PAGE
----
Just say No! to C# Regions

February 29, 2008

I’ve seen lots of C# code over the last few days, and 100% of it contains the #region construct. So far, I have see it used in only one way: to hide big code blocks. Some of you might be saying “Duh! That’s what they’re for!”.

Well, let’s think about that for a minute:

You need a language construct so that your IDE can help you hide your big messy code block from you (because it’s just so hideous, you don’t even want to look at it anymore)?

If your code is so bad, that you just want to shove it under the covers, then I would argue that your design and the solution to said design is too complex.

Most of the uses I’ve seen of regions are to group member fields, constructors (and related overloads), methods and properties together. This has to be the most retarded way to use a tool because you have other tools to perform this same function. Granted not everyone can buy Resharper, but the File Structure window provides all that same information. Heck, if you simply followed a simple code standard such as:

class <className>
{

  private members
  constructors
  properties
  methods

}

this would do the same job. Honestly, if you can’t LOOK at your code and tell a constructor apart from a property or field, then you should be looking for a different line of work. Please, stop commenting the obvious!

Now, you will eventually get classes that are thousands of lines long, however there are other constructs in the language that can help you keep things neat without using this lame excuse for a preprocessor tag. When you DO find your class encroaching on this large line number threshold, that is a prime time to look at your code for copy/paste refactoring tragedies and do it right. It might be a little painful now, but it could be the thing that saves your project in the long run.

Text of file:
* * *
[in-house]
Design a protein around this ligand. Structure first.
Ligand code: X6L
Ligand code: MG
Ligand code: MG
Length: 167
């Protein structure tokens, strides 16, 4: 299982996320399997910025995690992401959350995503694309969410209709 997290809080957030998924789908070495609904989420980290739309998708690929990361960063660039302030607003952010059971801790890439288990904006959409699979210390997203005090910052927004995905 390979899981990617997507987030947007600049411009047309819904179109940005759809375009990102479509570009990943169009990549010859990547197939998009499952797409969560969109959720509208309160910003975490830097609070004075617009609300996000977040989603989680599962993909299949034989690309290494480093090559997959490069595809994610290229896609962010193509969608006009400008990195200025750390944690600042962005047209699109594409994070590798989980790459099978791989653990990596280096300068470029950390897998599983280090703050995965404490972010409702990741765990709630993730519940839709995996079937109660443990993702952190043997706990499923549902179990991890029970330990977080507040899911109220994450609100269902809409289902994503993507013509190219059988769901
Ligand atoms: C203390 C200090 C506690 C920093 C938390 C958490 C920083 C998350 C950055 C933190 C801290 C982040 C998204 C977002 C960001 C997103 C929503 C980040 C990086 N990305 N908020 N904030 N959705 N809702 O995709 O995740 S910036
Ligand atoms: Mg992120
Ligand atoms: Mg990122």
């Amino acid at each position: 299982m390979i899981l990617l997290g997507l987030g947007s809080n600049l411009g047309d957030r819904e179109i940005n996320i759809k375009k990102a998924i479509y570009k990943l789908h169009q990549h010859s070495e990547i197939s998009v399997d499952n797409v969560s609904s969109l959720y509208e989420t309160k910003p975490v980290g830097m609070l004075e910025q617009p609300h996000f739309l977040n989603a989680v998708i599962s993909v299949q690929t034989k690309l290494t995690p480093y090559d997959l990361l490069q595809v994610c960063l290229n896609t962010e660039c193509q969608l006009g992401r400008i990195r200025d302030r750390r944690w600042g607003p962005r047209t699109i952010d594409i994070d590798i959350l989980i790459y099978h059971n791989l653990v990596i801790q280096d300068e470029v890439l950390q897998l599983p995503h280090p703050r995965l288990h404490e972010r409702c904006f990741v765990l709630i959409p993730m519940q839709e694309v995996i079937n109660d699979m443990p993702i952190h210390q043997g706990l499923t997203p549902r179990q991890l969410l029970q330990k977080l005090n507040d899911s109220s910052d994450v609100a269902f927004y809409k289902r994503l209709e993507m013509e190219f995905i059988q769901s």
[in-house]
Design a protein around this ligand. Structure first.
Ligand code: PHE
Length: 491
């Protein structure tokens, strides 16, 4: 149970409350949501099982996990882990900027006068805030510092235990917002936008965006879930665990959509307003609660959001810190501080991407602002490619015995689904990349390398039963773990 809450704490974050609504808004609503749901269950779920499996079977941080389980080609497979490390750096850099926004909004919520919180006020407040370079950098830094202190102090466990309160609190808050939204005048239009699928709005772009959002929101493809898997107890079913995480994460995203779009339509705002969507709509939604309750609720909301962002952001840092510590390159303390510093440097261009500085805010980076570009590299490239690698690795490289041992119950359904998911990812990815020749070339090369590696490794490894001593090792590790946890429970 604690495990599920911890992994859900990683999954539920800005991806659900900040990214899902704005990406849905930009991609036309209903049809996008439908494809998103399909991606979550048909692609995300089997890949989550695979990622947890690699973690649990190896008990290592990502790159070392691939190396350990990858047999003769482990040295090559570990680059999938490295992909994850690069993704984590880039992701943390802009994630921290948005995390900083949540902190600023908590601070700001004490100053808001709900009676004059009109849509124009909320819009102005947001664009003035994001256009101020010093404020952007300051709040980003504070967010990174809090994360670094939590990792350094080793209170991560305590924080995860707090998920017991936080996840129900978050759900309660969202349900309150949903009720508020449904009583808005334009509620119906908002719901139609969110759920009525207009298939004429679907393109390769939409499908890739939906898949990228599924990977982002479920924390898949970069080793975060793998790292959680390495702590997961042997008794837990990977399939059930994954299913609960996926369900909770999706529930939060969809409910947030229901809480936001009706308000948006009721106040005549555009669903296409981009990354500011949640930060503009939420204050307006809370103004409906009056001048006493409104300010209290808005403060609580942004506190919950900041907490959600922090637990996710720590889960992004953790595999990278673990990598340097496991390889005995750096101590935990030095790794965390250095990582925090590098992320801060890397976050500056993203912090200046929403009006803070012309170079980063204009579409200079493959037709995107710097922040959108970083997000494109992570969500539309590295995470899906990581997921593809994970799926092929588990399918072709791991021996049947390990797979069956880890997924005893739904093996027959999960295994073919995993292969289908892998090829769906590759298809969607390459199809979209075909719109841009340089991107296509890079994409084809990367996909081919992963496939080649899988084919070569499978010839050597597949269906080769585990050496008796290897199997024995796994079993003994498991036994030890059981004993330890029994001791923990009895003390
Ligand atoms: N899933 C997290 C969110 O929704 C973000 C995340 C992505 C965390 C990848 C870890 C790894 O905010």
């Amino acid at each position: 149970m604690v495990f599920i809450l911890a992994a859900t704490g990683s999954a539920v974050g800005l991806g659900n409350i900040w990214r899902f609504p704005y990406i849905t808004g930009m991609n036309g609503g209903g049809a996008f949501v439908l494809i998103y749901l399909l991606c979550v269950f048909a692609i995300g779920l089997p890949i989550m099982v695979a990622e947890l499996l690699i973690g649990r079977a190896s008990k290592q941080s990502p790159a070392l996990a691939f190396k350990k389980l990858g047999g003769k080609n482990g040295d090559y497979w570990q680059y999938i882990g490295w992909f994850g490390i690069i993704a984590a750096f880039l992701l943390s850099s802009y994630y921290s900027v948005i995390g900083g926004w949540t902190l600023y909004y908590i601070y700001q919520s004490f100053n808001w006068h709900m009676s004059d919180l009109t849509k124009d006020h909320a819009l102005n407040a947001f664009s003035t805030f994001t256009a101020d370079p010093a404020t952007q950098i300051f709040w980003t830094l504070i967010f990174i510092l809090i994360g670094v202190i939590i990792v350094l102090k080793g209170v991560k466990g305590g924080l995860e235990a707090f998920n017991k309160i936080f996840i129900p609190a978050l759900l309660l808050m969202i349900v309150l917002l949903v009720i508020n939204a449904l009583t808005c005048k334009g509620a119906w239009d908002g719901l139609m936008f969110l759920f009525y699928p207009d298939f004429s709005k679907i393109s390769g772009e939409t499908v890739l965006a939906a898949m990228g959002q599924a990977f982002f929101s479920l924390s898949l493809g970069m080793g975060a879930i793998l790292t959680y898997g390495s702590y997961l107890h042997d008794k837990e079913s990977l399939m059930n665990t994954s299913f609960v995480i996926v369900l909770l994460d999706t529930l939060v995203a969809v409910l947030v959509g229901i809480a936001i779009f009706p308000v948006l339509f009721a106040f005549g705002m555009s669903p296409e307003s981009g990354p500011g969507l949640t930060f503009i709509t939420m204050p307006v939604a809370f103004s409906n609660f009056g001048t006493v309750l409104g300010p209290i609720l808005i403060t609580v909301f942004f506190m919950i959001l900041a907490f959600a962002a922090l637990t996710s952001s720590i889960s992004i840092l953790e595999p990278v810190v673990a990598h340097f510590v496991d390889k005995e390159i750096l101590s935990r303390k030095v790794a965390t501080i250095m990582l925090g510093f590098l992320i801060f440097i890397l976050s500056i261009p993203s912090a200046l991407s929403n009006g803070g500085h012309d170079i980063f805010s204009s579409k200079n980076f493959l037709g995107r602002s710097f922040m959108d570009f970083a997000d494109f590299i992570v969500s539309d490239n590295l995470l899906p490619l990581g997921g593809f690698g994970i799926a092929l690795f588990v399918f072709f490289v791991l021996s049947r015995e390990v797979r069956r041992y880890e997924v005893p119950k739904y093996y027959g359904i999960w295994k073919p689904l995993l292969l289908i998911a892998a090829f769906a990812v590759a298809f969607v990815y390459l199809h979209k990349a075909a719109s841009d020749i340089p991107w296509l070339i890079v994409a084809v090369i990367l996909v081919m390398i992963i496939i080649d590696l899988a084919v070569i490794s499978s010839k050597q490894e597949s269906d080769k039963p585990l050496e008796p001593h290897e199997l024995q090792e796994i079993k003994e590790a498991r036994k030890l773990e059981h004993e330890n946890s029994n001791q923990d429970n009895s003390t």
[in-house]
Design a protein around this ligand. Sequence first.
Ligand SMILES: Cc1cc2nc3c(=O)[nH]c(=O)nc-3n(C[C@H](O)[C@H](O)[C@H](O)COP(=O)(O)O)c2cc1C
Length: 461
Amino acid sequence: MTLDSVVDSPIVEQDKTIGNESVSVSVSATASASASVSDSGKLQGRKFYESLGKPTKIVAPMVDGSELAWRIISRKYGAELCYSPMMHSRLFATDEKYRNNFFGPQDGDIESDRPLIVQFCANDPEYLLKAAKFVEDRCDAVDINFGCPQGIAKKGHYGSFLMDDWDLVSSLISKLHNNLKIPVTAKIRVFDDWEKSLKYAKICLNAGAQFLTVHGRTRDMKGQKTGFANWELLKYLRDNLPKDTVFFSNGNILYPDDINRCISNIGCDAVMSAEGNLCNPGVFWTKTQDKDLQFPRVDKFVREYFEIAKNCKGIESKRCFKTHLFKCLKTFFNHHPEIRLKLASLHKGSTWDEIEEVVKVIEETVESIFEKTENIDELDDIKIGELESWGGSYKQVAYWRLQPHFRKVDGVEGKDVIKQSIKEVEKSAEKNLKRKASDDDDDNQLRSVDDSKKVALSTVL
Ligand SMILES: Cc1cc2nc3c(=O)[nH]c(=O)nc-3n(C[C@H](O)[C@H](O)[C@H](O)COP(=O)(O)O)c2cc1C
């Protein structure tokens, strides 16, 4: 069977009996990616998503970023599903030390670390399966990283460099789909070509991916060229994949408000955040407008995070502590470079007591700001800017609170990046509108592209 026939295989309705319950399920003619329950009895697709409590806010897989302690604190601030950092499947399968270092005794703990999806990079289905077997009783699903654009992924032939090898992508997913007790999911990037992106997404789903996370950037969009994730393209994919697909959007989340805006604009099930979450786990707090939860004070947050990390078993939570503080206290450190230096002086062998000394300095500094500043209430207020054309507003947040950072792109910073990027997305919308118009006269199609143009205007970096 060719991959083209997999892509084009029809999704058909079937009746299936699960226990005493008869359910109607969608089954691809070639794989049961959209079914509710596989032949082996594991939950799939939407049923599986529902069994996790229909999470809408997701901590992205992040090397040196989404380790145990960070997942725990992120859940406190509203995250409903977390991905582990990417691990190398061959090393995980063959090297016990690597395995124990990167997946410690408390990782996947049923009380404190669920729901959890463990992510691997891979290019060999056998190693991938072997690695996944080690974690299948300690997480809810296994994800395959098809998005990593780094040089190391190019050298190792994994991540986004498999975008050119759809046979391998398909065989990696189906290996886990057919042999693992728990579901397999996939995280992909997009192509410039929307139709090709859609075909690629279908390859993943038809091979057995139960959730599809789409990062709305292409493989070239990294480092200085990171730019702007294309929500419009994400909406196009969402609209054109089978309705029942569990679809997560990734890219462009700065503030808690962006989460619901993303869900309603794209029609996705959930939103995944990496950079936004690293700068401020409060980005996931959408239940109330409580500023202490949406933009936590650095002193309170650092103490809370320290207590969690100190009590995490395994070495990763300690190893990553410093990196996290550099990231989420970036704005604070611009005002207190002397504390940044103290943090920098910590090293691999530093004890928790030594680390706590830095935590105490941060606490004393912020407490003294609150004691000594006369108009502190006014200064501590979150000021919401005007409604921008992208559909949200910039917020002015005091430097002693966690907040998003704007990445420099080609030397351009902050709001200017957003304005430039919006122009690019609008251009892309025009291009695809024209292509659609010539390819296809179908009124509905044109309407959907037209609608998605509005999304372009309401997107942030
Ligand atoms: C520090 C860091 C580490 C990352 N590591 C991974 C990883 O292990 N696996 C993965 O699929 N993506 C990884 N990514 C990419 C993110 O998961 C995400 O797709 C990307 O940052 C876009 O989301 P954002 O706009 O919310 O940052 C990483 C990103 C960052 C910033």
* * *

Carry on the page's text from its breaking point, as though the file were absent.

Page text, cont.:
Another lame way I’ve seen regions used is within a method. Usually there is a large block of setup code that is copy and pasted all over the place, with the same region tags. C’mon people, at that point, read about the Extract Method refactoring and actually REUSE that block of code intelligently!

I honestly can’t think of any reason to use #region tags because all the things they are hiding is just really bad code. When you start to just hide bad code, you are less inclined to go back and refactor it properly.

Let’s try this analogy: if you were looking to lose weight before the summer beach season, the best thing to do is get a mirror. This way, you will be re-motivated on a regular basis.

The mere act of having the bad code stare back at you will make sure that it is at least not forgotten. Nearly all codebases have some code that is not koesher. Let’s try to make that lump of code as small as possible. By then, you may even find a way to get rid of that eyesore (and system-sore) all together…after all, it was probably some hack anyway.

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